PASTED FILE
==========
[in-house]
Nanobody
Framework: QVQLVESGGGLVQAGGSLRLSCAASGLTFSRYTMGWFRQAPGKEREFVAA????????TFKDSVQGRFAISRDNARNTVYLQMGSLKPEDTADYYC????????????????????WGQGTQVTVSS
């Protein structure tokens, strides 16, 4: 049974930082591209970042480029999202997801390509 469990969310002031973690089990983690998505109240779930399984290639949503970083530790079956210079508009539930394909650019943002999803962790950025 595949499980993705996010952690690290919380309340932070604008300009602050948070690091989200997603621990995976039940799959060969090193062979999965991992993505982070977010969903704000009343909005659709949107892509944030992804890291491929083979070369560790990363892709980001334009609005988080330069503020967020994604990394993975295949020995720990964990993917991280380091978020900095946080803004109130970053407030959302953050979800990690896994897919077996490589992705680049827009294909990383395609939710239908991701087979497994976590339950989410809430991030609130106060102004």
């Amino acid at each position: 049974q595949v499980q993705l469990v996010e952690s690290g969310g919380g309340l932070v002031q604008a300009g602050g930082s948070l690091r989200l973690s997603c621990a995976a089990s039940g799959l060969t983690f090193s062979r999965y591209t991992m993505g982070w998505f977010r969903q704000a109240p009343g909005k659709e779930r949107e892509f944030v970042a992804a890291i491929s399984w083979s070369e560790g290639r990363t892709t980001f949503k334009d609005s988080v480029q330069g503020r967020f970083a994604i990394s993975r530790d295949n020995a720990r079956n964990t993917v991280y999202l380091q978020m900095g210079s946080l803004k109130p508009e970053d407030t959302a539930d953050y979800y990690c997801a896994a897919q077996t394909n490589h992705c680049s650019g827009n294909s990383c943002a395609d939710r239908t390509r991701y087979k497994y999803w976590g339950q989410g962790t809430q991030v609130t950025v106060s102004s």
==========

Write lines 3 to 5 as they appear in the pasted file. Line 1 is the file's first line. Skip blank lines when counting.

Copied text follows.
Framework: QVQLVESGGGLVQAGGSLRLSCAASGLTFSRYTMGWFRQAPGKEREFVAA????????TFKDSVQGRFAISRDNARNTVYLQMGSLKPEDTADYYC????????????????????WGQGTQVTVSS
């Protein structure tokens, strides 16, 4: 049974930082591209970042480029999202997801390509 469990969310002031973690089990983690998505109240779930399984290639949503970083530790079956210079508009539930394909650019943002999803962790950025 595949499980993705996010952690690290919380309340932070604008300009602050948070690091989200997603621990995976039940799959060969090193062979999965991992993505982070977010969903704000009343909005659709949107892509944030992804890291491929083979070369560790990363892709980001334009609005988080330069503020967020994604990394993975295949020995720990964990993917991280380091978020900095946080803004109130970053407030959302953050979800990690896994897919077996490589992705680049827009294909990383395609939710239908991701087979497994976590339950989410809430991030609130106060102004």
């Amino acid at each position: 049974q595949v499980q993705l469990v996010e952690s690290g969310g919380g309340l932070v002031q604008a300009g602050g930082s948070l690091r989200l973690s997603c621990a995976a089990s039940g799959l060969t983690f090193s062979r999965y591209t991992m993505g982070w998505f977010r969903q704000a109240p009343g909005k659709e779930r949107e892509f944030v970042a992804a890291i491929s399984w083979s070369e560790g290639r990363t892709t980001f949503k334009d609005s988080v480029q330069g503020r967020f970083a994604i990394s993975r530790d295949n020995a720990r079956n964990t993917v991280y999202l380091q978020m900095g210079s946080l803004k109130p508009e970053d407030t959302a539930d953050y979800y990690c997801a896994a897919q077996t394909n490589h992705c680049s650019g827009n294909s990383c943002a395609d939710r239908t390509r991701y087979k497994y999803w976590g339950q989410g962790t809430q991030v609130t950025v106060s102004s």